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Ricochet features the late David Bowie exploring Singapore.

A local hawker turns into a martial-arts avenger in Ring of Fury.

Saint Jack is adapted from a 1973 novel by Paul Theroux.

Japanese film director Shohei Imamura follows one false lead after another in In Search of the Unreturned Soldiers in Malaysia.

An ambitious director puts his crew and lover into constant danger and depravity in The Wild Eye.

Experience classic films off-screen

State of Motion 2017 will take participants on an island-wide journey to locations featured in movies shot in Singapore.
Jan 6, 2017 5:50 AM

SOMETIMES, human beings are not the only actors in a film; locations can play a role too.

That thought is explored in this year's State of Motion (SOM), the Asian Film Archive's annual flagship film and visual arts series.

Themed Through Stranger Eyes, the second edition aims to showcase "different historical representations of Singapore in both international and local films, and highlight (the country's) history as a destination for foreign filmmakers in the 1960s-80s", according to SOM 2017's producer Thong Kay Wee.

Different perspectives

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That will be done through five works shot here during that period: The Wild Eye (1967), In Search of the Unreturned Soldiers in Malaysia (1971), Ring of Fury (1973), Saint Jack (1979) and Ricochet (1984).

The screenings, curated by Kent Chan and supported by film researcher Toh Hun Ping, is just one of three components of SOM which also includes exhibitions and tours.

On the line-up, Mr Thong explains: "The films, as the theme of Through Stranger Eyes suggests, are based on different perspectives from around the world and were chosen not just because of their images of Singapore, but also because it shows how our nation-state was perceived socially and politically by foreign and local filmmakers ... They present a post-independent Singapore that is recognisable but unfamiliar, capturing intriguing scenes of (the transformation taking place)."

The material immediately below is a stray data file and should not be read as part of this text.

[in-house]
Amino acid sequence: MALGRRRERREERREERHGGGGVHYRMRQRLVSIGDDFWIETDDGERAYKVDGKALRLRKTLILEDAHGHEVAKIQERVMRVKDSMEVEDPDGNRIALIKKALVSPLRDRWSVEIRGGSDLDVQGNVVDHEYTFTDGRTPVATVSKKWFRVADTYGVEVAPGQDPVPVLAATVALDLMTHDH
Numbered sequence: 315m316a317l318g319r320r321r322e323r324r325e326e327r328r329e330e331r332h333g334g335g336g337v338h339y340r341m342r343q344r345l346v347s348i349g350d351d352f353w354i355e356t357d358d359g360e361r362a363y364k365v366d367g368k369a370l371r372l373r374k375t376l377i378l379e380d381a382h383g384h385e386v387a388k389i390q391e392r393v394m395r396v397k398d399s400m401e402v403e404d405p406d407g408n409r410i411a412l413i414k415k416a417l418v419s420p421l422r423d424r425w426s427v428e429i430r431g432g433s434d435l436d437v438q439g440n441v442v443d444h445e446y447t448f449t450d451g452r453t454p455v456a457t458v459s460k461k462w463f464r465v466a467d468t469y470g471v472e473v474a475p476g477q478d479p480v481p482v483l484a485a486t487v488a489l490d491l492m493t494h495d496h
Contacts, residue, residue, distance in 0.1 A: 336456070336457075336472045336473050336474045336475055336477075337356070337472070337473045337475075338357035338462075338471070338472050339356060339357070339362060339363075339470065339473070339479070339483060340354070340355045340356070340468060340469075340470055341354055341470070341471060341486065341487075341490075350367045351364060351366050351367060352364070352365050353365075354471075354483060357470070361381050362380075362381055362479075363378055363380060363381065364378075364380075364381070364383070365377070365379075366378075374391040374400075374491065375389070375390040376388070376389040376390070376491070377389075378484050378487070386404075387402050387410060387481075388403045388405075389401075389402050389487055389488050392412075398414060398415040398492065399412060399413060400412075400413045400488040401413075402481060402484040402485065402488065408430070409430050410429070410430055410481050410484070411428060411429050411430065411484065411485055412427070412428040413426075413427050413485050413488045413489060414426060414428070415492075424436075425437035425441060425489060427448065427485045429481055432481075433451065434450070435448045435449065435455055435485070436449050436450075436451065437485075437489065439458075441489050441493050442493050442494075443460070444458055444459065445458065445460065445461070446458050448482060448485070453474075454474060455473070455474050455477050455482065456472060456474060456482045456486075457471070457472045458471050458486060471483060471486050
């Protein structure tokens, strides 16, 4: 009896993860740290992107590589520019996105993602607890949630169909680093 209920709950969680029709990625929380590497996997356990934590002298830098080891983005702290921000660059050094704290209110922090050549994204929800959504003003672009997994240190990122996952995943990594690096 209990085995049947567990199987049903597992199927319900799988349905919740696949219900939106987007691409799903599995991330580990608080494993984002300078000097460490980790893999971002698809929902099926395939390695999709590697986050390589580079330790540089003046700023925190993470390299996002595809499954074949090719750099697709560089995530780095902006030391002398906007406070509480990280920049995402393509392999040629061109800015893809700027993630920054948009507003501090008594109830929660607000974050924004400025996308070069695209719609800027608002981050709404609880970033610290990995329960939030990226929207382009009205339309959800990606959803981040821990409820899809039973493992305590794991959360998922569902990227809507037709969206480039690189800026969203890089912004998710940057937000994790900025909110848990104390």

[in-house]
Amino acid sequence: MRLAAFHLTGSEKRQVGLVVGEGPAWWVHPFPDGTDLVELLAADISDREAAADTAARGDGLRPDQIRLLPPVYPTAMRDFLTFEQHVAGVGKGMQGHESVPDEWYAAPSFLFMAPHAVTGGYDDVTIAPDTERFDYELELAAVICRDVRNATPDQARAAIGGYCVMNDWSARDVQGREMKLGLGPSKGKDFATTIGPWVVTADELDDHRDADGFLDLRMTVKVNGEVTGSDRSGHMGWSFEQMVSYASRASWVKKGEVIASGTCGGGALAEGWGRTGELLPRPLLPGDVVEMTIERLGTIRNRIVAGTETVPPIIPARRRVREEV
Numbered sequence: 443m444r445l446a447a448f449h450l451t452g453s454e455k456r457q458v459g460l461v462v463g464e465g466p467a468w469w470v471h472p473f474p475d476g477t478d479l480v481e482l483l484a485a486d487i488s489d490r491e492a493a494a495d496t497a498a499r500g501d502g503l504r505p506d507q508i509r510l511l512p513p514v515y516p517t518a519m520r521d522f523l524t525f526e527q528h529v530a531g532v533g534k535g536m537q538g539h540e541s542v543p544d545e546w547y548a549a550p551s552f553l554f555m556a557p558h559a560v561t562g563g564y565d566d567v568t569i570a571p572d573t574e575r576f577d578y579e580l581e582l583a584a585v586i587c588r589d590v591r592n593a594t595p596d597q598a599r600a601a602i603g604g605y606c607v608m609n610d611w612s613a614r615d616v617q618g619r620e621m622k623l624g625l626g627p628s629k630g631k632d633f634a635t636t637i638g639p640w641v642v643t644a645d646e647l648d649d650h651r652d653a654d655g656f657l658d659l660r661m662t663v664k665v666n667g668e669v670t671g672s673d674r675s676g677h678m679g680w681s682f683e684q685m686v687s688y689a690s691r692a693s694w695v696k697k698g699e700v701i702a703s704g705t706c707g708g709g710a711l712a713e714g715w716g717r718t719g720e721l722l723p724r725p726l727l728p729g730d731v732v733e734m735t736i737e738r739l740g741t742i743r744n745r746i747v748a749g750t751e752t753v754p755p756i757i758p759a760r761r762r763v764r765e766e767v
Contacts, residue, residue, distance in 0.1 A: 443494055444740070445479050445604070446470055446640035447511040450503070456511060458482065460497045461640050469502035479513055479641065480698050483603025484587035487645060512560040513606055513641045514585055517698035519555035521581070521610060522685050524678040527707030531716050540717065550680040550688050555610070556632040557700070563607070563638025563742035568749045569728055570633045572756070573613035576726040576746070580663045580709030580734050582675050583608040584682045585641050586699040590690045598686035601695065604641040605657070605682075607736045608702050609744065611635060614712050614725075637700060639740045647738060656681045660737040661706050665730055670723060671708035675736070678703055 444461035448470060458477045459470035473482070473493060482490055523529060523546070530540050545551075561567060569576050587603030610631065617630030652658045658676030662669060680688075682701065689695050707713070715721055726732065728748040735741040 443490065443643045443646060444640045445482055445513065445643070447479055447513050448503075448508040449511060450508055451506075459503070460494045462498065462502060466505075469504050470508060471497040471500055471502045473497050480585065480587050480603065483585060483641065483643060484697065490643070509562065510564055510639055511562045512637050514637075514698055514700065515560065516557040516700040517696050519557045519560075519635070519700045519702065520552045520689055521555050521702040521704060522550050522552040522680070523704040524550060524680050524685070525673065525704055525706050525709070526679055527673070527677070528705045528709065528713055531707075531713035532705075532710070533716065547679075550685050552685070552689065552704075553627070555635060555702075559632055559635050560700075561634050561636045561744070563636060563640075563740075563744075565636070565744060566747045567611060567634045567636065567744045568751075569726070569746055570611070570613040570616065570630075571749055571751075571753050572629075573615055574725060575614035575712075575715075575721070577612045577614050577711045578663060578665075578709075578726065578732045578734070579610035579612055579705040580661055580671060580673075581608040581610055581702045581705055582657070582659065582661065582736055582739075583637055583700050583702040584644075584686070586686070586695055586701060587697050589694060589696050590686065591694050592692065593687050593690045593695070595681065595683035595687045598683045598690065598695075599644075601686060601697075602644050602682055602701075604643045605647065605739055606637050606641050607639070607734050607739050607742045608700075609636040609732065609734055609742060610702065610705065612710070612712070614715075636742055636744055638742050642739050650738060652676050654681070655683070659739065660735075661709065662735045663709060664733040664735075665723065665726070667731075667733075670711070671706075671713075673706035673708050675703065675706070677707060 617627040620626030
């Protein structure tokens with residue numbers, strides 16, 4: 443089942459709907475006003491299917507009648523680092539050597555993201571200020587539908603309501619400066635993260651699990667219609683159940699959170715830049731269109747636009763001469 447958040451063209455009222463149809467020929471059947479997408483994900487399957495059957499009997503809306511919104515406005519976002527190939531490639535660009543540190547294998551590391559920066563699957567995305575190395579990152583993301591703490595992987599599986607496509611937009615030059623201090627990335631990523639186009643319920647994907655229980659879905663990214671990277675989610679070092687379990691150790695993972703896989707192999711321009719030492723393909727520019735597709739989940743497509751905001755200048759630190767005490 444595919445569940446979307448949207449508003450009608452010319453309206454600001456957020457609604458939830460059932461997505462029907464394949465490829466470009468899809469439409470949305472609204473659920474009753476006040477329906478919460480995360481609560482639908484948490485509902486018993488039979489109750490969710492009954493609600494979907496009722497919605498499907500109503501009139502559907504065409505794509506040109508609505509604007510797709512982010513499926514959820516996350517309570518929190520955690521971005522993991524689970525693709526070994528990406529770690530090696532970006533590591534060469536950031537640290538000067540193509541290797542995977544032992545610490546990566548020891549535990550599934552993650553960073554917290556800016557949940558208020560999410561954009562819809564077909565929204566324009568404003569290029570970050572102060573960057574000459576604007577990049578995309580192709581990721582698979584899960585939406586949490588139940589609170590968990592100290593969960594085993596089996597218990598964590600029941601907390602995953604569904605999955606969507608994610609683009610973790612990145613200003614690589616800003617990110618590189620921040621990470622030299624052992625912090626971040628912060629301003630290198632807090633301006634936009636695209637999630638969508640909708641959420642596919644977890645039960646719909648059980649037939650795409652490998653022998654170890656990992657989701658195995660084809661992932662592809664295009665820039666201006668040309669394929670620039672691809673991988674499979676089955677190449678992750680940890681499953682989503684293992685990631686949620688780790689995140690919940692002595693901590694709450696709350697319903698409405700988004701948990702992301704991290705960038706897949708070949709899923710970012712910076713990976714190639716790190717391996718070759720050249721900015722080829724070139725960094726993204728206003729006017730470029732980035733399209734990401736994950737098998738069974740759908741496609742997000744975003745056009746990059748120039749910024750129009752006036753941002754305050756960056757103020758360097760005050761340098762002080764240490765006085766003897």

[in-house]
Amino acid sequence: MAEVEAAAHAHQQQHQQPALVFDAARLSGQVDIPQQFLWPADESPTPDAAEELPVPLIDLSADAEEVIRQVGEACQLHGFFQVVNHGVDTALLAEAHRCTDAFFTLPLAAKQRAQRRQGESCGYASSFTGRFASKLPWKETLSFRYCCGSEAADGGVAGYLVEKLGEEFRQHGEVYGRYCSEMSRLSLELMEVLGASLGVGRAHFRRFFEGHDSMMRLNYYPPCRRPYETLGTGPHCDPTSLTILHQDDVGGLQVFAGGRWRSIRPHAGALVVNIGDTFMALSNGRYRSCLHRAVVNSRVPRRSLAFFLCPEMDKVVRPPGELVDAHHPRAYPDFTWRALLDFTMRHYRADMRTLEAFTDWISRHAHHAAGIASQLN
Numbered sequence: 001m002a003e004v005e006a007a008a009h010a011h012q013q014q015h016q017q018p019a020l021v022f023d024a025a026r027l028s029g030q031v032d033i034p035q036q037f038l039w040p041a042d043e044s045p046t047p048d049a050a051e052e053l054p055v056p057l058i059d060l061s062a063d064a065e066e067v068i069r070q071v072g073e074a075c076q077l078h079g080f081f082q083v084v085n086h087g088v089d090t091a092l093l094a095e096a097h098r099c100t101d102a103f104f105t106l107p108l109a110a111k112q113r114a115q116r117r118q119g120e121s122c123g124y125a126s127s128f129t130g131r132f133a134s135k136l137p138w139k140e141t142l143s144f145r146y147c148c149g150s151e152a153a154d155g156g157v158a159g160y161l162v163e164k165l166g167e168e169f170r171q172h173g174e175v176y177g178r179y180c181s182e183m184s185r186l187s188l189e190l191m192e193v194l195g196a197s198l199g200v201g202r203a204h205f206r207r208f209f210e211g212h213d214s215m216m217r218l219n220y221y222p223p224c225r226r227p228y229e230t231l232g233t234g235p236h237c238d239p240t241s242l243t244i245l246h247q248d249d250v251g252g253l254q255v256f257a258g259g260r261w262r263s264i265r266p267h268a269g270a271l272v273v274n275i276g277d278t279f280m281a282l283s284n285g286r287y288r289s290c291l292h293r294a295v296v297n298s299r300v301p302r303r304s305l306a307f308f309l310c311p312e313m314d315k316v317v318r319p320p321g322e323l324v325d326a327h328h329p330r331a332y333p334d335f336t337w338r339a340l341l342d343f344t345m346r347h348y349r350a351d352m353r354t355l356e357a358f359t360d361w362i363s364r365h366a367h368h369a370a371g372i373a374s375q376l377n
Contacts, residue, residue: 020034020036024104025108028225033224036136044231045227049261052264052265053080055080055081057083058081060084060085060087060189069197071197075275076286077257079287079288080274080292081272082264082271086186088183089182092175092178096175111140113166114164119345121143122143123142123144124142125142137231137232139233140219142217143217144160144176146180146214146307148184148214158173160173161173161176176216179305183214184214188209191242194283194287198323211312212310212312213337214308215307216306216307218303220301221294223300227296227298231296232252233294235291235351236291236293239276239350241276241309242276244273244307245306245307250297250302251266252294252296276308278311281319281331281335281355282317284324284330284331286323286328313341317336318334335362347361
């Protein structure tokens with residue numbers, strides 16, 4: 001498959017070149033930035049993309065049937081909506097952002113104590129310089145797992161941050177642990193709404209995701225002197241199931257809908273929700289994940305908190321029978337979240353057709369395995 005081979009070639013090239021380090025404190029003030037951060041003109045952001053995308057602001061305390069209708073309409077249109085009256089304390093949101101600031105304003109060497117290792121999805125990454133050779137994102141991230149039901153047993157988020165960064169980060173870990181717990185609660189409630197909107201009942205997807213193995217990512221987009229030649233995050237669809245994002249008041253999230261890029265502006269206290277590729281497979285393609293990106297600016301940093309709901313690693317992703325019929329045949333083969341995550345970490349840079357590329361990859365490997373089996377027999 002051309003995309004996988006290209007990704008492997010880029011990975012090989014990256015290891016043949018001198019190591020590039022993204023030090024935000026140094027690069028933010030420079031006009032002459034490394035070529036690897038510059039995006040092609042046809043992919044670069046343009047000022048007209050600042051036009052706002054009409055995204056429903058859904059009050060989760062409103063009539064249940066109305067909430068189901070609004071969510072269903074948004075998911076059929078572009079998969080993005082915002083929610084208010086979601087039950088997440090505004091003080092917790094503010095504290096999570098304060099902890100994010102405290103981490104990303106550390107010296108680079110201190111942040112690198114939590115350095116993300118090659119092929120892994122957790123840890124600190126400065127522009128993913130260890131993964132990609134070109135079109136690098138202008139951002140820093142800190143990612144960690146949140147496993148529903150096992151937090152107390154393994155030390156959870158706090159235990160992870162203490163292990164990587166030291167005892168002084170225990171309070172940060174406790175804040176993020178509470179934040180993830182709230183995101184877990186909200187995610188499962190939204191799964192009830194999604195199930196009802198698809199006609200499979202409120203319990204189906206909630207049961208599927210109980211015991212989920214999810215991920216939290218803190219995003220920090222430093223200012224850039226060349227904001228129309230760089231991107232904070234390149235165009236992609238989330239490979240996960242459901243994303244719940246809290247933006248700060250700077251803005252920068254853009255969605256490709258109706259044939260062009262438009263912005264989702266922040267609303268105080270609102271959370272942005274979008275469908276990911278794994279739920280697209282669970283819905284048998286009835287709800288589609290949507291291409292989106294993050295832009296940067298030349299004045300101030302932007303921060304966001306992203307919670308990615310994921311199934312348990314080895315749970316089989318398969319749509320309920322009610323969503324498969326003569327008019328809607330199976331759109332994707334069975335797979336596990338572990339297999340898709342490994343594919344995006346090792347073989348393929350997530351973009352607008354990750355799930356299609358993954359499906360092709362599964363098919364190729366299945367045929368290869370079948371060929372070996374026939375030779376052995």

Ricochet, for instance, includes footage from David Bowie's Serious Moonlight World Tour during the 1980s when it made a stop here.

In the experimental rockumentary, the late rocker has "strange" encounters with local culture as he grapples with the city's contradictions, befriends Chinese Opera performers, drifts through Far East Plaza (then the country's newest shopping mall) by riding its escalators, before heading to his troubled and almost-cancelled concert at the (now-defunct) National Stadium.

The screenings kick off from Friday and will take place at the Pavilion, a newly-built pop-up cinema and exhibition area at The Plaza, National Library Building.

The venue also serves as the starting point for a series of film history and art tours taking place around Singapore that correspond to the films being shown.

"State of Motion highlights not just interesting films that feature different historic representations of Singapore, but also the work of artists that have been inspired by film and history," explains Mr Thong.

Among those commissioned are local experimental band The Observatory, which will perform its piece Down The Up Escalator Forever at Far East Plaza where Ricochet was shot, and Jeremy Sharma, whose work Slow Fury will be installed at Labrador Battery, one of Ring of Fury's locations.

Others like Godwin Koay's Cover and Concealment and Joo Choon Lin's Glue Your Eyelids Together will be on display at public locations like Golden Mile Food Centre (which featured in In Search of the Unreturned Soldiers in Malaysia) and Hong Lim Park (The Wild Eye) respectively, so those who are unable to join the guided tour can check them out at their own leisure.

Document of time

"While the screening, tour and exhibition can be experienced independently, we highly encourage the public to visit all three components to have a more comprehensive experience," states Mr Thong.

He adds the concept for the 2017 edition came about as the team considered how Singapore became a destination for foreign filmmakers: "Cinema beyond its artistic and entertainment value, is a document of time - by juxtaposing past perceptions and cinematic images of Singapore with the contemporary, we hope for the public to discover various scenes as portrayed by these filmmakers, of a post-independent Singapore and appreciate our cinema history in the process."